Debt Clock Has Been Stuck at $18.152 Trillion For Months
One of the questions that I am seeing asked all the time these days is - why isn't the United States debt clock moving at all?
After all, people ask - isn't the country spending hundreds of billions of dollars more than it takes in each and every year? If so, why isn't the nation's debt load growing on a daily basis?
Since mid-March, the United States debt clock has essentially been stuck at approximately $18.152 trillion. Sure, it will rise and dip a bit every day, but it seems unwilling to move off of the $18.152 trillion mark.
Remember - 128 Stat. 1011, which was signed into law on February 15th, 2014, suspended the debt limit from February 15th, 2014 through March 15th, 2015. The summary of the statute, courtesy of the US government, reads like this:
"Notes: Suspended the existing debt limit from February 15th, 2014, through March 15th, 2015, and prospectively increased the limit to accommodate the increase in such debt outstanding as of March 16th, 2015."
So, as of March 15th, 2015, the Republicans and Democrats needed to come to terms on a new debt limit deal - one that would further extend the nation's ability to borrow.
On March 13th, 2015, Treasury Secretary Jacob Lew revealed that he would be able to use "extraordinary measures" to continue paying the nation's bills, even though the country was about to hits its debt limit.
According to the Bipartisan Policy Center, this move by Lew, coupled with strong tax receipts this year, will likely allow the country to operate into November or even December without raising the debt ceiling.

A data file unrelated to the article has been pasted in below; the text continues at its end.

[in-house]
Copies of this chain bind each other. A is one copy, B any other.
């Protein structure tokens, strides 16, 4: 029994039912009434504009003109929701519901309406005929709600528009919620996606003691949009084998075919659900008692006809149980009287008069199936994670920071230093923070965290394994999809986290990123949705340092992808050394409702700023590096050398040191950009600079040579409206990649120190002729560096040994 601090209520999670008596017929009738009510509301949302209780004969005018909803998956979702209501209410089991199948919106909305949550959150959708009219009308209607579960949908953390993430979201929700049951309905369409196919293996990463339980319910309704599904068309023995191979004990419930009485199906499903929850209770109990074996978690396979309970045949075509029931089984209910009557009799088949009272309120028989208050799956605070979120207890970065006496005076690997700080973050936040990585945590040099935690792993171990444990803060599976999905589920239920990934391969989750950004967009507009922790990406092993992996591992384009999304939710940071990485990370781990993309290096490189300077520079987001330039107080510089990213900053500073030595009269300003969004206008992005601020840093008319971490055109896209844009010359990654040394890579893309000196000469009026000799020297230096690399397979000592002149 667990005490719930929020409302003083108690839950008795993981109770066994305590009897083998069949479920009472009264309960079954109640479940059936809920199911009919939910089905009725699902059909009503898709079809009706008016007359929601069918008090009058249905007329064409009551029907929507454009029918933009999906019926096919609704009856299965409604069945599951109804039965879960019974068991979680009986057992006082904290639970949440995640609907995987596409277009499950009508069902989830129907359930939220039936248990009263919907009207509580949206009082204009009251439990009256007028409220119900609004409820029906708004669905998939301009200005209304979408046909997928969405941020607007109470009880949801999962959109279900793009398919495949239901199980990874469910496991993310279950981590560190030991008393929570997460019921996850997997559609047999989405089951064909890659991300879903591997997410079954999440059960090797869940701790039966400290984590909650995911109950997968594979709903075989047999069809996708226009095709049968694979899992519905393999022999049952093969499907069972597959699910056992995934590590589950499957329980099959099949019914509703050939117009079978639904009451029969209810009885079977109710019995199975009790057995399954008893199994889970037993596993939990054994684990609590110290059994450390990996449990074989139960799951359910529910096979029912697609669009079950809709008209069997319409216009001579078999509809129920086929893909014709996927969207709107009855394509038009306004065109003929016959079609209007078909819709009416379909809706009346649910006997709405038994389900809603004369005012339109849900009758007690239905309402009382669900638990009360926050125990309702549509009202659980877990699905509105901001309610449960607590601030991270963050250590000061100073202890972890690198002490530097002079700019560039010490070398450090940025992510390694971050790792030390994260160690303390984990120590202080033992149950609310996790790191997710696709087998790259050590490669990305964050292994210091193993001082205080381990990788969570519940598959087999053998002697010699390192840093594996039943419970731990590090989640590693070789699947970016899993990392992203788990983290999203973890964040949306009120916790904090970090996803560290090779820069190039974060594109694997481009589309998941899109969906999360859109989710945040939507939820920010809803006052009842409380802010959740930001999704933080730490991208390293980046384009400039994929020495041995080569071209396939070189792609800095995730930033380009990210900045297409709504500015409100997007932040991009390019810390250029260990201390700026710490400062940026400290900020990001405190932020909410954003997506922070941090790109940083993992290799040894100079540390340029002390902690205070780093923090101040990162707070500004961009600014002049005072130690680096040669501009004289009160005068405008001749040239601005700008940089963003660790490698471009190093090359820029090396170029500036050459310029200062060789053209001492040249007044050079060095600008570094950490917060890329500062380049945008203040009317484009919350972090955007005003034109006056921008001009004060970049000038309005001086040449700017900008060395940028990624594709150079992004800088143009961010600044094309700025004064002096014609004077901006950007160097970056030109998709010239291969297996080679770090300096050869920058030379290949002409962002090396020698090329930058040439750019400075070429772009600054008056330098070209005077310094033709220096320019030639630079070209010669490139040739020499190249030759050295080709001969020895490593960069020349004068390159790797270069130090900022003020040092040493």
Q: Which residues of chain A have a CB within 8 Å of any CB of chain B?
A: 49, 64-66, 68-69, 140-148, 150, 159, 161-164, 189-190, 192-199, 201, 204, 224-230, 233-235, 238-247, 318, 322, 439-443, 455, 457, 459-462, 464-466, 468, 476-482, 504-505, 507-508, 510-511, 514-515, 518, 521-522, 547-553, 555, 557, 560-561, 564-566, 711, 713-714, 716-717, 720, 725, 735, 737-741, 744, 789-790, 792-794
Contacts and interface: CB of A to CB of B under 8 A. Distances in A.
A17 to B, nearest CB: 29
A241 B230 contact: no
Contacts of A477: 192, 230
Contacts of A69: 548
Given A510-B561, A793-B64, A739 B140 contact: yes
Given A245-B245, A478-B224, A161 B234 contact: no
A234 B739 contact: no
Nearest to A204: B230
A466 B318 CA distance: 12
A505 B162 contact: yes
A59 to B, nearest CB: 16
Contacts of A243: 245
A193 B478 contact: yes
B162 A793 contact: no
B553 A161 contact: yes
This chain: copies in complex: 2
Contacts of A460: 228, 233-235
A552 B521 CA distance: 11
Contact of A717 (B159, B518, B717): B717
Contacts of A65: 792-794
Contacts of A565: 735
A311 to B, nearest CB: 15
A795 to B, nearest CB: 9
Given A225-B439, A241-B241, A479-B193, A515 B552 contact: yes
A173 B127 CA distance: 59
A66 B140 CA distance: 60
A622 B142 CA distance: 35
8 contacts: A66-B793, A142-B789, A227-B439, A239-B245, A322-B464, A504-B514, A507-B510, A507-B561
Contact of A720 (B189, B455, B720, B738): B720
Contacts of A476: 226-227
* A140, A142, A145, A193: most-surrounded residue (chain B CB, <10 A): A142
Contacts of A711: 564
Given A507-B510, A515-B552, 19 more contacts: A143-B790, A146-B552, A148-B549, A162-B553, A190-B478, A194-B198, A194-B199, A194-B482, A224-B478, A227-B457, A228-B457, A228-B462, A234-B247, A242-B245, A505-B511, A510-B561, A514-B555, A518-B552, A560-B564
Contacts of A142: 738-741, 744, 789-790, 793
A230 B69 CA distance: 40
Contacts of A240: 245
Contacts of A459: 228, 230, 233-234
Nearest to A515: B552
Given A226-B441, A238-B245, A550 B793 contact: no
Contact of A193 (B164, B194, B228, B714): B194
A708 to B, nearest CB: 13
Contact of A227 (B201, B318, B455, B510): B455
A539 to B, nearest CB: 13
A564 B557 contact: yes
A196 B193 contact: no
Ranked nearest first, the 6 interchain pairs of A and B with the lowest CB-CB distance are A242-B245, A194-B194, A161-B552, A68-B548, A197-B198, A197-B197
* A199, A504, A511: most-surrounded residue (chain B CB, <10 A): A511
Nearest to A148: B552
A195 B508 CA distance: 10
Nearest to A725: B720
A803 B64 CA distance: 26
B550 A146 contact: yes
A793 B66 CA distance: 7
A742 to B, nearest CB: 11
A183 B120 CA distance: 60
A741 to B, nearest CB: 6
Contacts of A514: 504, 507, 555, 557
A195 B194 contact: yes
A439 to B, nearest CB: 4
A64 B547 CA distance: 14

Some of the moves utilized by Lew during this period includes a "debt issuance suspension period" with respect to investments of the Civil Service Retirement and Disability Fund, as well as the suspension of daily reinvestment of Treasury securities held by the Government Securities Investment Fund of the Federal Employees' Retirement System Thrift Savings Plan.
While there will be some posturing from either side, nobody expects that the Republicans and Democrats will fail to agree to an increase in the debt ceiling limit when the day of reckoning appears. Doing so would be disastrous for the nation (and the entire world, for that matter), and nobody wants to be the party that plunges the country into a deep recession.
Once the two sides agree to an increase in the debt ceiling, the total debt of the United States will skyrocket once again.
Filed under: General Knowledge